The act of finding birthplaces and homes, synagogues and cemeteries has a worth all of its own, of course. “I came on this trip hoping to learn a little more about my personal heritage—I have one grandparent from this region – and I’ve learned a lot,” Ben Strauber, who studies neuroscience at Stanford, said. “I went and met with a genealogist and she uncovered all these things about my grandfather’s family that I’d never known before, including that some prominent figures from Jewish history like [Emanuel] Ringelblum and [Shai] Agnon are from his town.

“Then in the Book of Names at Auschwitz, I looked for my last name and found an entire half page of people with that name, and some of them were from my father’s town,” Strauber told me. “In my family, we never thought we had anyone who had been killed in the Holocaust. It was never really talked about and that was very shocking to me. I still haven’t really finished processing it, but all of these things together have been very meaningful on a personal level.”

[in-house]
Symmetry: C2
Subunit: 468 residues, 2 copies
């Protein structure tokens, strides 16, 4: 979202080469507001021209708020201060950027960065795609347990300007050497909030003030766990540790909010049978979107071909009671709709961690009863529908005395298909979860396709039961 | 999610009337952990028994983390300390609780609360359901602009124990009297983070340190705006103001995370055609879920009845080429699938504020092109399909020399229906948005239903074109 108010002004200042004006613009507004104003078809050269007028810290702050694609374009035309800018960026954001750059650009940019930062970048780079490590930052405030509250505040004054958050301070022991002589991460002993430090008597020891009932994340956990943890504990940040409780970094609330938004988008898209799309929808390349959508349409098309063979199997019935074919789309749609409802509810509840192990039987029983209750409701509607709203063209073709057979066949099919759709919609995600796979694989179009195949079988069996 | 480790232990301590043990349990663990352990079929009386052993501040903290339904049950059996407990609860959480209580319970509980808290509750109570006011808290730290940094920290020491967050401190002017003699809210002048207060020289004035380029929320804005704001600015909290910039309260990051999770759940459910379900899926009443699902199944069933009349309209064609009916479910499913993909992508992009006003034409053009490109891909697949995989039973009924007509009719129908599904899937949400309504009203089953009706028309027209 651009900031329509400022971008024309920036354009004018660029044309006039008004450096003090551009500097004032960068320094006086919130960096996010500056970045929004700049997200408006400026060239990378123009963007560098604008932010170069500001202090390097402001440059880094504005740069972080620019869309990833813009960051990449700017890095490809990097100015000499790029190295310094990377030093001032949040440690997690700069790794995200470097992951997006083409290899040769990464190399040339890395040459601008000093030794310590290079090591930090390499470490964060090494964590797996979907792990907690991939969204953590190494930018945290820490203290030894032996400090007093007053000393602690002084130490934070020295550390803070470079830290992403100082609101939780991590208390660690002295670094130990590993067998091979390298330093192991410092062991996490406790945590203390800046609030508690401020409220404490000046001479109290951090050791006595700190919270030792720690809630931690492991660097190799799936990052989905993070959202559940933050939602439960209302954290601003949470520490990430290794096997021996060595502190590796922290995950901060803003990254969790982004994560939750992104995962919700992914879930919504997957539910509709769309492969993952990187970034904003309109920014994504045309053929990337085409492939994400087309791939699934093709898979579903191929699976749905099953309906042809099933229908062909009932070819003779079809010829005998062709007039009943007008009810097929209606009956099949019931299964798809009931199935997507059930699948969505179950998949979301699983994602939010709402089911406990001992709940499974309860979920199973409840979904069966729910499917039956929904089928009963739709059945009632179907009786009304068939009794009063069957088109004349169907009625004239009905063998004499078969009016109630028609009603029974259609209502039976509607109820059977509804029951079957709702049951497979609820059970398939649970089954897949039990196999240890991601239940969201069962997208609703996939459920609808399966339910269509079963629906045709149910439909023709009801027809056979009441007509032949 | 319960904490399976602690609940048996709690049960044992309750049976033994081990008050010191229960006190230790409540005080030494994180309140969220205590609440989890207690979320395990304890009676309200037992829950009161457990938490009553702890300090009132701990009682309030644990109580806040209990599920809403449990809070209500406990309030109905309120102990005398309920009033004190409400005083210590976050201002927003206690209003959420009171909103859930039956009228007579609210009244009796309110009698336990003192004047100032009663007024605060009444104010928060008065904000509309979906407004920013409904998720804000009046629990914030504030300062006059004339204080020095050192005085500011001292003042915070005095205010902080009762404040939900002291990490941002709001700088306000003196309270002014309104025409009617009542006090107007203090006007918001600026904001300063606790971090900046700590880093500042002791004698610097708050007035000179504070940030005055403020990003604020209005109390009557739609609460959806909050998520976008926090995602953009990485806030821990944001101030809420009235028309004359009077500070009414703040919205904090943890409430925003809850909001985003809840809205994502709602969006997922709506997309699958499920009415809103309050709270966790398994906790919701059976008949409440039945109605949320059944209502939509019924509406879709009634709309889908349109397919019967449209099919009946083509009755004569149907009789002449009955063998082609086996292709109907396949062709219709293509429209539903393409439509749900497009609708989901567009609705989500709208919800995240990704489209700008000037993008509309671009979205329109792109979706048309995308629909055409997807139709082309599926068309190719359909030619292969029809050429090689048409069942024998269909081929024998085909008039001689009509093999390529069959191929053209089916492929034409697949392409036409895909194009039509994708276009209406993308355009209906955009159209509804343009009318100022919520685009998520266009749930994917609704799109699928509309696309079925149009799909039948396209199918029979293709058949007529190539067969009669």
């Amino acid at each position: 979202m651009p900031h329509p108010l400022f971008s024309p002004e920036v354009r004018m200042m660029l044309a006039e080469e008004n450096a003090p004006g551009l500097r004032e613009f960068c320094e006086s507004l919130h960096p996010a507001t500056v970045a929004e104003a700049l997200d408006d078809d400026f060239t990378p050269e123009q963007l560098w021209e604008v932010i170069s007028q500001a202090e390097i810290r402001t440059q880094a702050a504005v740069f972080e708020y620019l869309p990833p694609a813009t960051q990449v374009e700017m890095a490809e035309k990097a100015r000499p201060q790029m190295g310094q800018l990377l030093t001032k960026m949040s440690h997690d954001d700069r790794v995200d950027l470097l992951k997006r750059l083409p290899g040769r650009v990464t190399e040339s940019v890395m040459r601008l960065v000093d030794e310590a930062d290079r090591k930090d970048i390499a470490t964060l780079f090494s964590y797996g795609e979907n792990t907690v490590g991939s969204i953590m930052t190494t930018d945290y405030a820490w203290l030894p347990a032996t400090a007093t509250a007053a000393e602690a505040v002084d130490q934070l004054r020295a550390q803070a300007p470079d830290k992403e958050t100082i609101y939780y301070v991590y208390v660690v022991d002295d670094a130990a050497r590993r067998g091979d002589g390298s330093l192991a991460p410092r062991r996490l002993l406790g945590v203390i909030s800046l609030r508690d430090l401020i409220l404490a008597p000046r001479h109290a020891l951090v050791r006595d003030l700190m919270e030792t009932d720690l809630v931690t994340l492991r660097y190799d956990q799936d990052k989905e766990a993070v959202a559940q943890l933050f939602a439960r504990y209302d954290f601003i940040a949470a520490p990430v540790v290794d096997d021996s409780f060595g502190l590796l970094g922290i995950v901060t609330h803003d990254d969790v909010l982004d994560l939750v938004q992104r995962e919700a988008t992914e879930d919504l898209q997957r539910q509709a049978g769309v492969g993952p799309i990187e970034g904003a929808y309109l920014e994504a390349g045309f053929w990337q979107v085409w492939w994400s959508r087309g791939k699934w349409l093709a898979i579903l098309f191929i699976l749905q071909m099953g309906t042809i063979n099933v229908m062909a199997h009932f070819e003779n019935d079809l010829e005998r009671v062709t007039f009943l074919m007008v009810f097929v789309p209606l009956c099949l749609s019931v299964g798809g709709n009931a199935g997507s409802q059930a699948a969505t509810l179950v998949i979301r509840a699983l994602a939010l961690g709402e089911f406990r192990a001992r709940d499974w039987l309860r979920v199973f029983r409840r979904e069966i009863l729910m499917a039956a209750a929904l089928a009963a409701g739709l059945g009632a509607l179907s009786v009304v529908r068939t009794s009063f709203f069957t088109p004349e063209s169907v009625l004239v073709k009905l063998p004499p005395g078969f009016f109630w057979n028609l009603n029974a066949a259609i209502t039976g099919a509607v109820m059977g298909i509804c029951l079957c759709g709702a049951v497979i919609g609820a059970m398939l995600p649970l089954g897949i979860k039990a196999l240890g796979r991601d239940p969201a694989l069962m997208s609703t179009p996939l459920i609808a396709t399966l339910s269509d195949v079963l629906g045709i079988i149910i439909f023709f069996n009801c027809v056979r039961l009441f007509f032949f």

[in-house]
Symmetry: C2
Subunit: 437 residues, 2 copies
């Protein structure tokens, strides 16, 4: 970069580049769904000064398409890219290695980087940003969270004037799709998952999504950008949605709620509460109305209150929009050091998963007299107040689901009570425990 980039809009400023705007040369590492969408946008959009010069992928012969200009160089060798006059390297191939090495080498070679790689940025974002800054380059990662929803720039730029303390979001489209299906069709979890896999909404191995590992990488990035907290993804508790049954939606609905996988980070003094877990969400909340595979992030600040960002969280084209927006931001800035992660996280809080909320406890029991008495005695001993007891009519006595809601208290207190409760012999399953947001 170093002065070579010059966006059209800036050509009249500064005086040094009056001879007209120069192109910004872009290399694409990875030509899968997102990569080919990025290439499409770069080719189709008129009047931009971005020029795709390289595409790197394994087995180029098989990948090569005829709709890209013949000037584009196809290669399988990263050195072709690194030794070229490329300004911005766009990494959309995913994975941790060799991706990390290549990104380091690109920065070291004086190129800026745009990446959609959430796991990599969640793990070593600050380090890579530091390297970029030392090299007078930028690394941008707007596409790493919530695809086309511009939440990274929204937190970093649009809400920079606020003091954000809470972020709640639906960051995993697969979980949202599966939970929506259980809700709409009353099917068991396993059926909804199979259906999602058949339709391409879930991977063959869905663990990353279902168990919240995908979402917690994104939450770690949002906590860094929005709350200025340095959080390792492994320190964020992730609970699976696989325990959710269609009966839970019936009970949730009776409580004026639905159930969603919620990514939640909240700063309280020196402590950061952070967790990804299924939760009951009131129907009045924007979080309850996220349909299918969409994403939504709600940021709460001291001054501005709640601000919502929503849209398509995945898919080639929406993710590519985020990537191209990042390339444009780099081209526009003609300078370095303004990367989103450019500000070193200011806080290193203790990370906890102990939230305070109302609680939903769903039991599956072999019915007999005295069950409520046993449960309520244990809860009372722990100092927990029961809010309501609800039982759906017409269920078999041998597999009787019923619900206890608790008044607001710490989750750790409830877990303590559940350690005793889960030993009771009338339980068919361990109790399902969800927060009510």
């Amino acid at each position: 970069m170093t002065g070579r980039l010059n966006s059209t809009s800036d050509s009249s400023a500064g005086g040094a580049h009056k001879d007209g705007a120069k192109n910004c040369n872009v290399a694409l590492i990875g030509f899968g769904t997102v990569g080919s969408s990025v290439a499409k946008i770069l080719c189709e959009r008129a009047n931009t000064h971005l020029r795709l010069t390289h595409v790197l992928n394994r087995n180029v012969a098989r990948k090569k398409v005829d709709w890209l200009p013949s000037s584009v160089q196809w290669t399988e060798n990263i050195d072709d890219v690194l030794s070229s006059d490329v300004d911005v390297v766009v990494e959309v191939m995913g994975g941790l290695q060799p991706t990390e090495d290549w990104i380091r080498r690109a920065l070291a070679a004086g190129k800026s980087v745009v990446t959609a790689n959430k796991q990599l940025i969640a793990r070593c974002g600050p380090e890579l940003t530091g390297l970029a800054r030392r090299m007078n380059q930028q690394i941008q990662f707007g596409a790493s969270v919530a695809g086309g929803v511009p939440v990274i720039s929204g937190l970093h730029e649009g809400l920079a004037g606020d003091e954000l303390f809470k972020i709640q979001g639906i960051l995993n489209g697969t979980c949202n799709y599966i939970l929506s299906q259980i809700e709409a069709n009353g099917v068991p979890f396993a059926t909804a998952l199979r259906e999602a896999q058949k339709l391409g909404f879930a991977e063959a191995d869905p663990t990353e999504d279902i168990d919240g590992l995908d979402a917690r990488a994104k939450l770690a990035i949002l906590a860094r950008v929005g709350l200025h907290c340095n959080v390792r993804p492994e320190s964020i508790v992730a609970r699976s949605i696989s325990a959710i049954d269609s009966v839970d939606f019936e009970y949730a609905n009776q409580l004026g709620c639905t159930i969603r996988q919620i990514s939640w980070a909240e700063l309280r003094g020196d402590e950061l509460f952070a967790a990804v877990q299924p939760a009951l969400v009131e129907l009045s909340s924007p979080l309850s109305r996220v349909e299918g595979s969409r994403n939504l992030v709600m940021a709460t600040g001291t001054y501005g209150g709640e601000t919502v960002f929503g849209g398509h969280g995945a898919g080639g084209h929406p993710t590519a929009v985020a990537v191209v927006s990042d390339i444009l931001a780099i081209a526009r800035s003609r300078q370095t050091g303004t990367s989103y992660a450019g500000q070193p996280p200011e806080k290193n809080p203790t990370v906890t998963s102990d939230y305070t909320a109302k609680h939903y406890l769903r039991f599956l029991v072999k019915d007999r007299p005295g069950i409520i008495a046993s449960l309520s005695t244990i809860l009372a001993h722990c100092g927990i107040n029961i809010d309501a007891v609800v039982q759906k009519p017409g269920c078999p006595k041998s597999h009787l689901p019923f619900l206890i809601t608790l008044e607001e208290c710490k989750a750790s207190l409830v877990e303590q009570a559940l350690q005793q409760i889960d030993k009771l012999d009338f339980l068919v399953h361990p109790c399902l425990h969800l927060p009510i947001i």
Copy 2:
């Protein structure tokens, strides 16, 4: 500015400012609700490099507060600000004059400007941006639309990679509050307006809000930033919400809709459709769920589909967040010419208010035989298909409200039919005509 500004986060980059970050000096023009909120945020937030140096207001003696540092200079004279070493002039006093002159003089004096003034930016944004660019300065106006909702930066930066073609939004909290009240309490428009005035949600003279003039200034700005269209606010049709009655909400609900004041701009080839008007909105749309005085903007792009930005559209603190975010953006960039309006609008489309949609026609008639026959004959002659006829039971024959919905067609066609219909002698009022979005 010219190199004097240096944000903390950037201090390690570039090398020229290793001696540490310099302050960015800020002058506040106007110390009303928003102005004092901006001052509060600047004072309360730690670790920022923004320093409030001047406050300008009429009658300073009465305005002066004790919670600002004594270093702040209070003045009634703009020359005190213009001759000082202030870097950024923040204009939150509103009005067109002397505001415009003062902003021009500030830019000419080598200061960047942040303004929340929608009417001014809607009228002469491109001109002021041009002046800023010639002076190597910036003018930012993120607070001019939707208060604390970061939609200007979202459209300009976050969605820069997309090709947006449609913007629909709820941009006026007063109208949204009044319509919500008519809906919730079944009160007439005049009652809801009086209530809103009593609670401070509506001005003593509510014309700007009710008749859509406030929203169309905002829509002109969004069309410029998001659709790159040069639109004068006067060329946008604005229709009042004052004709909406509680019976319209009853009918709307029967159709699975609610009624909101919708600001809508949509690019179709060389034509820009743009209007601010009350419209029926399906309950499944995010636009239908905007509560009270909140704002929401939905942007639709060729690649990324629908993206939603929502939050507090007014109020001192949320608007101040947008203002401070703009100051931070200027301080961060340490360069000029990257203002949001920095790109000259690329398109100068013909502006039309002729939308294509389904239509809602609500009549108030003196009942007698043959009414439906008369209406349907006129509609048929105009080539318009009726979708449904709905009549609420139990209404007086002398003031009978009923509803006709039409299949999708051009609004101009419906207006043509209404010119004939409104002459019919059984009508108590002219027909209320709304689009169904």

Beyond that, valuable Jewish heritage tourism should in some fashion change how visitors understand Jewish Europe. Poland itself is a special case. It has a place in the American Jewish imagination all of its own, on the one hand because occupied Poland was the staging ground for the Holocaust’s network of death camps and on the other hand because around 75 percent of American Jews can trace their origins back to Poland. These two factors create a sense of ‘unease’ and ‘discomfort’ around Poland, crystallizing certain preconceptions, Jonathan Ornstein, executive director of the Jewish Community Center in Krakow, explained.